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Photography’s role in Media!

Jacob Cockle , Jan 24, 2009; 01:28 p.m.

Hi Al, Im wirting part of my dissertation on Photography's role in media. Throughout time humankind has been fascinated by imagery. It is printed in are genes, and primal instincts to relate to images, maybe this is one of the reasons why we feel comfortable in believing that photos tell the truth. Images have been used from the drowns of time, just look at Cave Paintings and Leonardo da Vinci’s “The last supper” for example. Images can have a huge impact on our culture. Both these images share information describing a scene to the viewer. Since the advent of the photographic image, the media has picked up on this. And have used photos heavily to tell stories to the viewer with out them having to read the text.

Can you please give me you views and thoughts on the relationship between photography and the media? also free to make any relevant points which will help or guide me in this investigation.
many thanks, Jacob

Responses

Dave S , Jan 24, 2009; 02:28 p.m.

Jacob, just wondering, what degree and at what institution?

Phylo Dayrin , Jan 24, 2009; 02:53 p.m.

"also free to make any relevant points which will help or guide me in this investigation."

I would think a relevant point to make before trying to answer the question is that photography doesn't have a role in the media, not in it. Photography, still or moving, is the media or it has become it and asking photography's role in the media is almost like asking the minds role in the brain.

Steve Swinehart , Jan 24, 2009; 03:10 p.m.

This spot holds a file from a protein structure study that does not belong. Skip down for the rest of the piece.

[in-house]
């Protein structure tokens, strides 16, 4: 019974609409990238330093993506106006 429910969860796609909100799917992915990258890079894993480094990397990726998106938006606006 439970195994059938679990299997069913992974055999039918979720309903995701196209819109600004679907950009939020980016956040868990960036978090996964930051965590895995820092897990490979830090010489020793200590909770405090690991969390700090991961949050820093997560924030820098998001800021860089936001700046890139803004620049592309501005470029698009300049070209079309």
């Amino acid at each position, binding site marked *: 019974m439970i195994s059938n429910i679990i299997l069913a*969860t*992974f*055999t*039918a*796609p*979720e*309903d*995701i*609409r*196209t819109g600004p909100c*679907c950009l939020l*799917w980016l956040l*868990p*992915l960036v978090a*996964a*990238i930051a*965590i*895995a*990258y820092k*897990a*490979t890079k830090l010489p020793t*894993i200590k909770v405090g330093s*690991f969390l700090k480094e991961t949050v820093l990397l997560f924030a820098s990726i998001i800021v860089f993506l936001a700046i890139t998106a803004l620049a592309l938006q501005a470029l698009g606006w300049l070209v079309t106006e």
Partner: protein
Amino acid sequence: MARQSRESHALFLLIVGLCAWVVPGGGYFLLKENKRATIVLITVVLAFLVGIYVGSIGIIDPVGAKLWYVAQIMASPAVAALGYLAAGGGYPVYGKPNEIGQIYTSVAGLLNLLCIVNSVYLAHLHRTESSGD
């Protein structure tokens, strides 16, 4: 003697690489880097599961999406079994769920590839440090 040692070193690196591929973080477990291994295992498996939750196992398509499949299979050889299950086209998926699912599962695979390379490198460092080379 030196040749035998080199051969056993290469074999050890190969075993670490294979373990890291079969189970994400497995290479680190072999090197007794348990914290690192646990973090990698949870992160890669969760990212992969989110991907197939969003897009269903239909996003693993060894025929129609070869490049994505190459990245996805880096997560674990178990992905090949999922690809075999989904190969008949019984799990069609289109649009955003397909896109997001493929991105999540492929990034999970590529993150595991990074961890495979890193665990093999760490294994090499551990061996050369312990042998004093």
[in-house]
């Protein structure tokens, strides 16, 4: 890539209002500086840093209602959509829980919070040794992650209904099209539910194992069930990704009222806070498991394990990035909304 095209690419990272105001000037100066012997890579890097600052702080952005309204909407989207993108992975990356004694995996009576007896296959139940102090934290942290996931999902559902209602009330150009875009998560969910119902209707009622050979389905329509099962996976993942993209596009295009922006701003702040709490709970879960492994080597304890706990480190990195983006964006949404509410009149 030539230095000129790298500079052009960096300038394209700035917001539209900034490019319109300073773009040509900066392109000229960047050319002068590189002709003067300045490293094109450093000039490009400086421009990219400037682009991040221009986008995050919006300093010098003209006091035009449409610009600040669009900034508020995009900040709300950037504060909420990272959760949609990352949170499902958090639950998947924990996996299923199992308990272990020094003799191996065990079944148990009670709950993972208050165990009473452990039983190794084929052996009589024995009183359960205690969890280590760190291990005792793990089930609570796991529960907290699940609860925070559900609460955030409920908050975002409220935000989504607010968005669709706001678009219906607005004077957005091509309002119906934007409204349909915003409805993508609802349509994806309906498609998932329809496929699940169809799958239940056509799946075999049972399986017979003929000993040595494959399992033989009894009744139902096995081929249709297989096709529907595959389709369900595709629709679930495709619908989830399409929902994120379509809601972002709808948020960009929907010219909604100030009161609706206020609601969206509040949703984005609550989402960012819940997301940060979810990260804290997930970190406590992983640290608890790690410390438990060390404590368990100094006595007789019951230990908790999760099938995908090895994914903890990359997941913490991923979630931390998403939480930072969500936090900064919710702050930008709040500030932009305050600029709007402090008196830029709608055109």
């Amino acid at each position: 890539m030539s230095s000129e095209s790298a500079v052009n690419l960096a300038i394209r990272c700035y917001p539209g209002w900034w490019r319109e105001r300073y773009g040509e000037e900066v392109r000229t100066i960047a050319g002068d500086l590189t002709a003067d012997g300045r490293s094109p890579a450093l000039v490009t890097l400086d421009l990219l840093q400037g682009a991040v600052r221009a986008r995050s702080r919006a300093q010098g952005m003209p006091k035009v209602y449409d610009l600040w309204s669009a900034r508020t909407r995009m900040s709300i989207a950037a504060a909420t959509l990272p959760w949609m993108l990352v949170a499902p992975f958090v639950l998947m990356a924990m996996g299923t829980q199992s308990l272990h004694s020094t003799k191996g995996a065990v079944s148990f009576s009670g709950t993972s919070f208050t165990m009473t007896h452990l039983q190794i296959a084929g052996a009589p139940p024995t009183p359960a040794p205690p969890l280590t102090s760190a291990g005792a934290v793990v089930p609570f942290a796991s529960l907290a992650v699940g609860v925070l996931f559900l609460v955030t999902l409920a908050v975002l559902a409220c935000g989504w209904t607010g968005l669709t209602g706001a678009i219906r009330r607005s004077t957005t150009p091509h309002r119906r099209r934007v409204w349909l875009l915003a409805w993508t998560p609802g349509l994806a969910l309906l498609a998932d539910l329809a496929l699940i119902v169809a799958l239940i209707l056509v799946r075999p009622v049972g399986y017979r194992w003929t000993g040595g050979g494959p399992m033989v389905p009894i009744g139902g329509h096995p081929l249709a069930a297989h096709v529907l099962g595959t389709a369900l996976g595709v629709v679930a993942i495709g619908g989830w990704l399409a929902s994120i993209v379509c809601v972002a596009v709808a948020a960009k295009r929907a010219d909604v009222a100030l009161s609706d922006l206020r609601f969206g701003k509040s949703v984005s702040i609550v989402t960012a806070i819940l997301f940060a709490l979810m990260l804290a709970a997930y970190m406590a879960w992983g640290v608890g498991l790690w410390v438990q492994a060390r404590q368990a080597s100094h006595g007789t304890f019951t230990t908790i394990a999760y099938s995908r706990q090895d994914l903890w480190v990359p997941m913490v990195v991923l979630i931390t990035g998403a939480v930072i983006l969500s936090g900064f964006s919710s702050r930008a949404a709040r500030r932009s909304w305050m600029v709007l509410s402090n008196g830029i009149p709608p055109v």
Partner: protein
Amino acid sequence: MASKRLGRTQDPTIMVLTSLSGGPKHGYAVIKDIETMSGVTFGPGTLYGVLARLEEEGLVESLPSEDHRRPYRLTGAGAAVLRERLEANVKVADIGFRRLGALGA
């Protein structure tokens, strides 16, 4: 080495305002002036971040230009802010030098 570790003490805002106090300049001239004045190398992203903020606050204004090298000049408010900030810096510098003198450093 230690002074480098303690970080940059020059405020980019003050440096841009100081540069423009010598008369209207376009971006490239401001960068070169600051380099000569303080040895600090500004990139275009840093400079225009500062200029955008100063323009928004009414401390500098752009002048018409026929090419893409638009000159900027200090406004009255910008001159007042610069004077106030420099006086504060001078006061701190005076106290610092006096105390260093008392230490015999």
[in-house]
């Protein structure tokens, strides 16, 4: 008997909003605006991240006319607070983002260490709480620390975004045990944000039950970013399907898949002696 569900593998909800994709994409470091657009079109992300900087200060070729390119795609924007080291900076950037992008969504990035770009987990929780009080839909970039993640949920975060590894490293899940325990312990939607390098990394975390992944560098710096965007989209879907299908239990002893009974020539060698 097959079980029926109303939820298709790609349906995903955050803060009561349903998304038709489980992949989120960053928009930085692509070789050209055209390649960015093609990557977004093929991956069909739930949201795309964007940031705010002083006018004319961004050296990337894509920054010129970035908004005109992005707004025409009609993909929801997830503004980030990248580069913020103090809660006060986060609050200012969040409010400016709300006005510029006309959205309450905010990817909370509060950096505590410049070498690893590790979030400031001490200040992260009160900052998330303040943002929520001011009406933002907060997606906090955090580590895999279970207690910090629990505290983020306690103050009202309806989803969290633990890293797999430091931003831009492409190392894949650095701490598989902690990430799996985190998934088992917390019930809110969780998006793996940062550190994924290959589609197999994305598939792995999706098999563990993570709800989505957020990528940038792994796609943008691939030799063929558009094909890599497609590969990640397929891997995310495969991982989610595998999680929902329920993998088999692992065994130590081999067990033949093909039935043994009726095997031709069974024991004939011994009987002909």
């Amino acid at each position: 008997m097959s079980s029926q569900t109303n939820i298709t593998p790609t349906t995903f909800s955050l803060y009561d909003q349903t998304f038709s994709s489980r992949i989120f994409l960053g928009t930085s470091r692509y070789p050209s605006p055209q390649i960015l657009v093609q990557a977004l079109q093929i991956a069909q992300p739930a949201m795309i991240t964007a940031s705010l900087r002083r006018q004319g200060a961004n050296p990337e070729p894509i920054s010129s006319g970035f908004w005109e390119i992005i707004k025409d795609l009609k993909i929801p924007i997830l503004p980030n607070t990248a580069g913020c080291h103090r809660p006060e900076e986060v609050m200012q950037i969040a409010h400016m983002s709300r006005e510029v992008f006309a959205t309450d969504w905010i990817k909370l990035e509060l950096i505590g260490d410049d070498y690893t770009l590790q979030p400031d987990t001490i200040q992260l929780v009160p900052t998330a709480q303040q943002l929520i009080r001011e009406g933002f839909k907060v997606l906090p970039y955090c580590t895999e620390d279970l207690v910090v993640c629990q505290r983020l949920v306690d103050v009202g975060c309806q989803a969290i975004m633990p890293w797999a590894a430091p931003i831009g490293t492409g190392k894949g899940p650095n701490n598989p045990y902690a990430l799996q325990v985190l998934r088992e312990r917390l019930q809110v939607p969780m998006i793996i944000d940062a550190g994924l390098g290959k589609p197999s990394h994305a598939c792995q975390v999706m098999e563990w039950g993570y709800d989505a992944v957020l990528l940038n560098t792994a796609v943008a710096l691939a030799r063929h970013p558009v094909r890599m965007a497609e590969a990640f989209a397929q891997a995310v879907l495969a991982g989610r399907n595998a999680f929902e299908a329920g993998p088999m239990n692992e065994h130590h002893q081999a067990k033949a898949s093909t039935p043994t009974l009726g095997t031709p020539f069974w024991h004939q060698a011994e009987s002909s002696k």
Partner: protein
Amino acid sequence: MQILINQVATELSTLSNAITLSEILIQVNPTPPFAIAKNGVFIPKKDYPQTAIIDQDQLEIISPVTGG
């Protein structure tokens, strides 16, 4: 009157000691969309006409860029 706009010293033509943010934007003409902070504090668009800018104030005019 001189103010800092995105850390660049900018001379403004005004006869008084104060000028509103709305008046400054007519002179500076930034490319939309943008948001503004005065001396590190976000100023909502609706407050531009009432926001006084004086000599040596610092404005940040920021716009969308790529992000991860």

like asking the minds role in the brain.

Now, there's an interesting question.

we feel comfortable in believing that photos tell the truth

I don't know who "we" may be...but I've never believed photos tell the truth if they're being made by human beings ....as most people have "personal filters" (opinions) that distort reality to their own perceptions just a surely as a black hole distorts space and time.

But, as was pointed out previously - photography is a media in-and-of itself. If you're asking "How has the print or broadcast media used photography," or, "How has photography been used in conjunction with other media for xxxxx (name your purpose here)," - those are whole different questions.

To generally answer your question. Both print and broadcast media (today) use whatever photographic content will support their agenda; as the print and broadcast media are no longer content to present unbiased reporting; and instead, feel it is their duty shape opinion by presenting only the information that supports their undeclared agendas.

Jacob Cockle , Jan 24, 2009; 06:12 p.m.

Ok first off I will say sorry for any bad grammar or spelling, Im extremely dyslexic so expressing myself in writing form has never been easy for me.

Dave I am studying FDA Action Photography at Truro Collage, Cornwall

Steve thank you for pointing out the mistake I made, I did mean to ask "How has the print or broadcast media used photography,"? and by "we" I mean humankind. when you see a photo your 1st instincts are to believe that what you are seeing has happen.